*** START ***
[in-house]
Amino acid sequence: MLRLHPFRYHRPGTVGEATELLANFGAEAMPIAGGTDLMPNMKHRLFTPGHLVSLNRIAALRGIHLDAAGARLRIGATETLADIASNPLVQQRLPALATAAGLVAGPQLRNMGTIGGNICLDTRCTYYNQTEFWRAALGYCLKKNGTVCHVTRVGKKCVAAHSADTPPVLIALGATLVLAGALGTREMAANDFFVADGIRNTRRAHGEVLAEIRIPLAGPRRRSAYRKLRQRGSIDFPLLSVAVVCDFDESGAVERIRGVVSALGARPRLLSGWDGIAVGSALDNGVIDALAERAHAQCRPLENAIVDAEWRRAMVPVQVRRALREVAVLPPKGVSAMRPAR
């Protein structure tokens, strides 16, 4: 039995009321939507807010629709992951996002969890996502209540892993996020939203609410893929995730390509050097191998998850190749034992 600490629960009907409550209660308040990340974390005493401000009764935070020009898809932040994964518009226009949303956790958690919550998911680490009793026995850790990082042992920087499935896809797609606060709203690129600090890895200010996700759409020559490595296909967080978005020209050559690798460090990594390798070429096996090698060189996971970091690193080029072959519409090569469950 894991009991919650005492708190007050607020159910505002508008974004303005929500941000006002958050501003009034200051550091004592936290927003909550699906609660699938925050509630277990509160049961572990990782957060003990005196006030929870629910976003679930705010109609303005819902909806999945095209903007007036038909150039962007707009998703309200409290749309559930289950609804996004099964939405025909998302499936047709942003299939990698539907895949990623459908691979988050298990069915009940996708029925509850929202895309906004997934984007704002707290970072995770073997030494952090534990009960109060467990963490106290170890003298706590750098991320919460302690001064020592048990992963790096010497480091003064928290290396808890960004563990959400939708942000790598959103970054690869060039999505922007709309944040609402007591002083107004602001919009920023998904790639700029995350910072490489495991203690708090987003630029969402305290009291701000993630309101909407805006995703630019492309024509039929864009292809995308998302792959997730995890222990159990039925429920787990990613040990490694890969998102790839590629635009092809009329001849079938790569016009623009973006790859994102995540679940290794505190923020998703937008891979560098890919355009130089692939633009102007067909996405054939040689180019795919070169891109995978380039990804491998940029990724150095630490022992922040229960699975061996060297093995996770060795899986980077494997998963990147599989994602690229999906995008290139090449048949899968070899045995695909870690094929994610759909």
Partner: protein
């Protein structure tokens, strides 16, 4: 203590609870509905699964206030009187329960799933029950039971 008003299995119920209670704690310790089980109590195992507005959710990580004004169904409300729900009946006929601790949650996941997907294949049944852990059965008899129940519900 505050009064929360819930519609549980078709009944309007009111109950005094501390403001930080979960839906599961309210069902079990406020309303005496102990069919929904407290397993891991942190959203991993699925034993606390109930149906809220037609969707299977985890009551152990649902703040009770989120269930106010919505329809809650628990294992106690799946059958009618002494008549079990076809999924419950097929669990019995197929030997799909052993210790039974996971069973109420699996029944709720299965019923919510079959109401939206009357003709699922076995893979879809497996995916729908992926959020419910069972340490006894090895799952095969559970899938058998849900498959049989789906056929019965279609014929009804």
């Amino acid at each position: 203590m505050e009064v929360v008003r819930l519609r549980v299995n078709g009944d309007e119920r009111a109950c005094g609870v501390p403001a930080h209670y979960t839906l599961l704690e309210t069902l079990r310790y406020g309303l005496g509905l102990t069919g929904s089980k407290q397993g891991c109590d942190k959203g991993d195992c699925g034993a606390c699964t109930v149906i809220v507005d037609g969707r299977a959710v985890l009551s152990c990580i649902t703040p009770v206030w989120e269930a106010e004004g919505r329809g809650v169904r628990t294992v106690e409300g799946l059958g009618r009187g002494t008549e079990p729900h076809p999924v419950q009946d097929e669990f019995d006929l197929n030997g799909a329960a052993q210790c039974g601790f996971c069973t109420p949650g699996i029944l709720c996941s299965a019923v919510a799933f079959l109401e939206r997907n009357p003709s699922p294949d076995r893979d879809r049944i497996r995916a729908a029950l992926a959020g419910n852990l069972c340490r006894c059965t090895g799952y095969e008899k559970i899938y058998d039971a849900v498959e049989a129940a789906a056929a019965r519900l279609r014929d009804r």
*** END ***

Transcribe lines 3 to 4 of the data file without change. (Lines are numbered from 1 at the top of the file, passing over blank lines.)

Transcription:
């Protein structure tokens, strides 16, 4: 039995009321939507807010629709992951996002969890996502209540892993996020939203609410893929995730390509050097191998998850190749034992 600490629960009907409550209660308040990340974390005493401000009764935070020009898809932040994964518009226009949303956790958690919550998911680490009793026995850790990082042992920087499935896809797609606060709203690129600090890895200010996700759409020559490595296909967080978005020209050559690798460090990594390798070429096996090698060189996971970091690193080029072959519409090569469950 894991009991919650005492708190007050607020159910505002508008974004303005929500941000006002958050501003009034200051550091004592936290927003909550699906609660699938925050509630277990509160049961572990990782957060003990005196006030929870629910976003679930705010109609303005819902909806999945095209903007007036038909150039962007707009998703309200409290749309559930289950609804996004099964939405025909998302499936047709942003299939990698539907895949990623459908691979988050298990069915009940996708029925509850929202895309906004997934984007704002707290970072995770073997030494952090534990009960109060467990963490106290170890003298706590750098991320919460302690001064020592048990992963790096010497480091003064928290290396808890960004563990959400939708942000790598959103970054690869060039999505922007709309944040609402007591002083107004602001919009920023998904790639700029995350910072490489495991203690708090987003630029969402305290009291701000993630309101909407805006995703630019492309024509039929864009292809995308998302792959997730995890222990159990039925429920787990990613040990490694890969998102790839590629635009092809009329001849079938790569016009623009973006790859994102995540679940290794505190923020998703937008891979560098890919355009130089692939633009102007067909996405054939040689180019795919070169891109995978380039990804491998940029990724150095630490022992922040229960699975061996060297093995996770060795899986980077494997998963990147599989994602690229999906995008290139090449048949899968070899045995695909870690094929994610759909």
Partner: protein